Theresa May’s announcement in April explaining that there would be a snap general election on 8 June surprised many. It isn’t all about Brexit and many will be pleased to learn that employment law proposals feature in many of the political parties’ manifestos, many focusing on an extension of worker’s rights. It is therefore appropriate and timely to have a look at the main parties’ individual employment law proposals as set out in their respective manifestos.
- To ensure that the interests of workers and the self-employed are properly protected in the UK’s wider ‘Gig’ economy and focusing on the recent Taylor report proposals;
- To enable all employees to have unpaid time off for training, to care for sick relatives and to deal with child bereavement;
- To limit executive pay to annual votes by shareholders and to require listed companies to publish the ratio of executive pay to that of the broader UK workforce;
- A commitment to increasing the National Living Wage to 60% of average earnings by 2020. Thereafter to keep up with the retail price index;
- To enable tax breaks of up to a year on Employer national insurance contributions relating to new employees with disabilities, mental health issues and those with long term unemployment histories;
- To increase the immigration skills charge levied on businesses employing migrant workers from £1,000 to £2,000 by 2022;
- Extended Equality Act protections against workplace discrimination to mental health conditions that are ‘episodic and fluctuating;
- Increased gender pay gap reporting requirements on larger employers and to introduce pay gap reporting obligations in relation to ethnic minority employees; and
- The possibility of introducing a British bill of rights that might affect employment law and the right of workers.
- The establishment of a Ministry of Labour whose task will be to oversee the enforcement of workers’ rights;
- A complete ban on zero hours contracts and unpaid internships;
- A commitment to doubling paid paternity leave to 4 weeks and to increase paternity pay;
- To include ‘terminal illnesses’ as a new protected characteristic for the purpose of establishing discrimination at work and to amend the Equality Act 2010;
- Strengthen the protection of women against unfair redundancy relating to maternity and parental commitments;
- To protect workers in the Gig economy by placing the burden of proof onto the employer to prove that an individual worker is not an employee in circumstances where worker status is in dispute;
- The introduction of maximise pay gap rules for public sector employees and those who private sector employees who perform public sector contracts. The proposal is a maximum pay differential of 20:1 between the highest and the lowest paid earners;
- To abolish employment tribunal fees;
- To remove the public sector pay cap currently 1%;
- To repeal the Trade Union Act 2016 which increased balloting numbers and restricted trade union activities;
- To expand workplace collective bargaining rights;
- To ensure trade unions can access all work places and enforce worker’s rights and to roll out the right to trade union membership at work;
- Public sector contracts to be awarded only to businesses that formally recognise trade unions; and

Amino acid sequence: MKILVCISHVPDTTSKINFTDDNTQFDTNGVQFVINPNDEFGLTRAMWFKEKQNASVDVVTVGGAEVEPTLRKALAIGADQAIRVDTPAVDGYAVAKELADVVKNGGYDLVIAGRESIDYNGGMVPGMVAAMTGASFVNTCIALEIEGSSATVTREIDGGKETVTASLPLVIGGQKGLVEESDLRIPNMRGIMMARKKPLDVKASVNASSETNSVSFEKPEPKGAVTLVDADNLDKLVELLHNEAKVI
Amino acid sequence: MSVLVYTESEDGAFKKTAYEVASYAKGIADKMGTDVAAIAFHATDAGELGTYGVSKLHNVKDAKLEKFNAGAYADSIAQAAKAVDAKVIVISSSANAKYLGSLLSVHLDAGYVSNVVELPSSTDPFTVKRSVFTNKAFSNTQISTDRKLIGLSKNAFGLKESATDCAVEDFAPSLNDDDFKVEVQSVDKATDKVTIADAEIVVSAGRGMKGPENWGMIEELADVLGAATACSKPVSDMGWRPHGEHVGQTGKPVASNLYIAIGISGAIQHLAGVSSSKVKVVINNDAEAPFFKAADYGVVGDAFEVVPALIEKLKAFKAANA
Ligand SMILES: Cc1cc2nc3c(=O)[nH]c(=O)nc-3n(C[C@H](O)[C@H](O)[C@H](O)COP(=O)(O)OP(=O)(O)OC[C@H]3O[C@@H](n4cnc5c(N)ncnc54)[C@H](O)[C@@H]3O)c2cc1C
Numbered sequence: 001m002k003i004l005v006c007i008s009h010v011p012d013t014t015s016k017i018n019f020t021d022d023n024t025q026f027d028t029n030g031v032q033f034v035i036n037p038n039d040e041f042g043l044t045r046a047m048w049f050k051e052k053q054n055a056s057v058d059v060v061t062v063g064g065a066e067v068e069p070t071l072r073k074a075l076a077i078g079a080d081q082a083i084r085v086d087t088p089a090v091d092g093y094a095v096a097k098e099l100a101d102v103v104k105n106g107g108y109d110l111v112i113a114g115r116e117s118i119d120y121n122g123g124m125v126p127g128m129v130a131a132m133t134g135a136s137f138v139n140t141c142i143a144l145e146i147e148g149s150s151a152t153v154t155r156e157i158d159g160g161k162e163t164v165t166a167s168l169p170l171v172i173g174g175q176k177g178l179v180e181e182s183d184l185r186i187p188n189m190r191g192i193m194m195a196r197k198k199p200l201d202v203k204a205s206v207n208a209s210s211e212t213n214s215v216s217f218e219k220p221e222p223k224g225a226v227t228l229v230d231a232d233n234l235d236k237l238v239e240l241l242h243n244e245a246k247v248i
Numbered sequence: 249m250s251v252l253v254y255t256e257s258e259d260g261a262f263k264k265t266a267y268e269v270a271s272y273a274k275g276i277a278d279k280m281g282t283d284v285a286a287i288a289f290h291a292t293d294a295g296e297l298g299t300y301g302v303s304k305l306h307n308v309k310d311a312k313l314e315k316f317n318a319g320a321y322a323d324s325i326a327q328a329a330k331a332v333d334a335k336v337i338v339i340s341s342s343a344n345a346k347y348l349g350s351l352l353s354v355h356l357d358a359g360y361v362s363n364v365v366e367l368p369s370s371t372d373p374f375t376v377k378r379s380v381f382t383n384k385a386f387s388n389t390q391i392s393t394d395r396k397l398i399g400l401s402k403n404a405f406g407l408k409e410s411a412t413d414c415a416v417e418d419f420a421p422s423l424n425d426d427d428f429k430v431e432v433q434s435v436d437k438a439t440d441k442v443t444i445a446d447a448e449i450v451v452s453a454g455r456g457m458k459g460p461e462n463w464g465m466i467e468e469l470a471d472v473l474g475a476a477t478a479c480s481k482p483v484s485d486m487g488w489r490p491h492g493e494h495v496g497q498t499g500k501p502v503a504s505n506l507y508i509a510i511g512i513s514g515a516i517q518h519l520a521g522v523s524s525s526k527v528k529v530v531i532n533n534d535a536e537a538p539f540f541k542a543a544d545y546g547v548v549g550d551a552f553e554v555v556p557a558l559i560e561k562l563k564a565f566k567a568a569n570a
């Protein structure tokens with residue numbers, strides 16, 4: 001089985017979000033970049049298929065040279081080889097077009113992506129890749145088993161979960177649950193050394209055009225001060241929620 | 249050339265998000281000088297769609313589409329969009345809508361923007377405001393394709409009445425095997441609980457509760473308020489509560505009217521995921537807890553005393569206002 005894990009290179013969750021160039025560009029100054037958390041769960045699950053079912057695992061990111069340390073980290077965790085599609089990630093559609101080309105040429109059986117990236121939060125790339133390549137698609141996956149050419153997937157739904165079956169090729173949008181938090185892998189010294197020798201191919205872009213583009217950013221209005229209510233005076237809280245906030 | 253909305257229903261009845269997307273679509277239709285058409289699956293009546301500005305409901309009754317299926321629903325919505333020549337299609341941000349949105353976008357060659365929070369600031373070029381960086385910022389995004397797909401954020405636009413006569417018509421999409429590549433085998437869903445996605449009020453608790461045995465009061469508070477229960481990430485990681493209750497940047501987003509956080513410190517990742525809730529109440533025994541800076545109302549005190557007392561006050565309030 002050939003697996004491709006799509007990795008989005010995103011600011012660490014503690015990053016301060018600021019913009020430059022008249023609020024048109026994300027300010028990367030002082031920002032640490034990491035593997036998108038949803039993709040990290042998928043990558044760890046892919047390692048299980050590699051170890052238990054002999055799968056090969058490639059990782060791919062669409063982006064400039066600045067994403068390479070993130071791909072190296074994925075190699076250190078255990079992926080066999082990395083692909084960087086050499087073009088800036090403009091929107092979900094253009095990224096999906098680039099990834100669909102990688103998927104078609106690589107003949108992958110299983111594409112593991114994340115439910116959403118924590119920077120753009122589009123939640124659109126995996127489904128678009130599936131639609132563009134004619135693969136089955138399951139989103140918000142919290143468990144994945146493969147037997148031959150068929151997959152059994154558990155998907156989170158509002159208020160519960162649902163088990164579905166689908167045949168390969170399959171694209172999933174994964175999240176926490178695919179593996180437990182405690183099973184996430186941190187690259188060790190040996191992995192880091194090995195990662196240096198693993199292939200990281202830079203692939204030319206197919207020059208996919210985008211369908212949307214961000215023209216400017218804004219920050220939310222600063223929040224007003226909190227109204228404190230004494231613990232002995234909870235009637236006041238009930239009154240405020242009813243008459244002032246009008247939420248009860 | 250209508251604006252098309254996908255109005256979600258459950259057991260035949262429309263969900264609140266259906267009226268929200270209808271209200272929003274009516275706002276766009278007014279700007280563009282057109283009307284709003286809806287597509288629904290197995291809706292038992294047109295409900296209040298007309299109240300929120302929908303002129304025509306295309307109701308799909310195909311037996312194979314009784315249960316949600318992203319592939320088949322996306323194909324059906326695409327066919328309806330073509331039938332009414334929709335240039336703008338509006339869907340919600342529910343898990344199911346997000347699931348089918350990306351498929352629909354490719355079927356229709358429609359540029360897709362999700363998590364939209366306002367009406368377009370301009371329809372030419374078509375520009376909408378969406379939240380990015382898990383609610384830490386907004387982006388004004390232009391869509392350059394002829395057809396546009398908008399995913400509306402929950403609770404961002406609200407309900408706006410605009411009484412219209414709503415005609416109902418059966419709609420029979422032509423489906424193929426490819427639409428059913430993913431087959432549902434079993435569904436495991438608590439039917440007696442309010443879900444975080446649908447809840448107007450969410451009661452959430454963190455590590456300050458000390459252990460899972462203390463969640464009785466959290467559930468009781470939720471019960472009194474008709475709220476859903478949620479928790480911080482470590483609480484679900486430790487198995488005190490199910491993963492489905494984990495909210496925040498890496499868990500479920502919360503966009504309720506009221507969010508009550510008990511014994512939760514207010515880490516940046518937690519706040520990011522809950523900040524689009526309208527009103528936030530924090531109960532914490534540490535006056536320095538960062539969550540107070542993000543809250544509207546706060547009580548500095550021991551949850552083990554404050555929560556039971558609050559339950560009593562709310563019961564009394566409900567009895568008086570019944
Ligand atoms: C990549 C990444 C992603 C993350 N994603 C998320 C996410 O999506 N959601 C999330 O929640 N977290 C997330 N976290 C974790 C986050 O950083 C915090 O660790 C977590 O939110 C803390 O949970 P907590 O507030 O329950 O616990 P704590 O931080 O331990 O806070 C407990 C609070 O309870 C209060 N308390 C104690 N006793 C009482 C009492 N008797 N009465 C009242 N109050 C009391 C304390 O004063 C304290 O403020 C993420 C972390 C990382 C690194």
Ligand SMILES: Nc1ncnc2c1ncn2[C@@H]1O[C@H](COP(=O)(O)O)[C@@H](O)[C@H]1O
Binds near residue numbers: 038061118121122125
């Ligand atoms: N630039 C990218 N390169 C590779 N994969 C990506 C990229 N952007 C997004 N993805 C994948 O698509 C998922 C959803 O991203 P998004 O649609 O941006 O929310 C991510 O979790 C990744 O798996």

- Preventing overseas only recruitment practices and cracking down on employers who fail to pay migrant workers the National minimum and Living wage.
- A commitment to banning zero hour contracts and the right to request fixed term contracts;
- The use of external enforcement agencies to strengthen the enforcement of existing employment contracts;
- Giving all workers paternity and shared parental leave from the commencement of employment;
- Extending paternity leave to fathers by an additional month;
- Extending the pay gap reporting provisions to cover national living wage compliance, and the gaps between the top and average rates of pay within a business;
- Include additional requirements under the Equality Act 2010 that large employers publish data on gender, black and minority ethnic and lesbian gay bisexual and transgender employment levels and pay gaps;
- Guaranteeing the freedom to wear religious or cultural dress in the workplace;
- Outlawing caste discrimination and extending discrimination law to protect gender identity and expression;
- Implement worker participation in company decision making by having mandatory staff representation on remuneration committees and at board level;
- Abolish employment tribunal fees; and
- Protecting workers rights in the UK’s Gig economy.
- The introduction of a mandatory 4 day working week or a maximum of 35 hours per week;
- Abolish zero hour contracts;
- Increase in the National Minimum Wage to £10 per hour by 2020;
- Introducing a universal basic income with a pilot scheme along the lines recently trialled in Finland guaranteeing a non means tested basic wage;
- To end gender pay gaps; and
- To ensure that there is 40% representation of women on all public company and public sector boards.
Scottish National Party (SNP)
- An increase in the National Minimum Wage to the level of the Real Living Wage to over £10 by 2022;
- No increase in income tax or national insurance for the low paid;
- A UK wide increase in income tax from 45p to 50p; and
- A doubling in the employment allowance which provides a national insurance discount for job creation.
If you would like to find out more, please call Steven Eckett, our employment solicitor, on 020 7998 7777 or email him at email@example.com.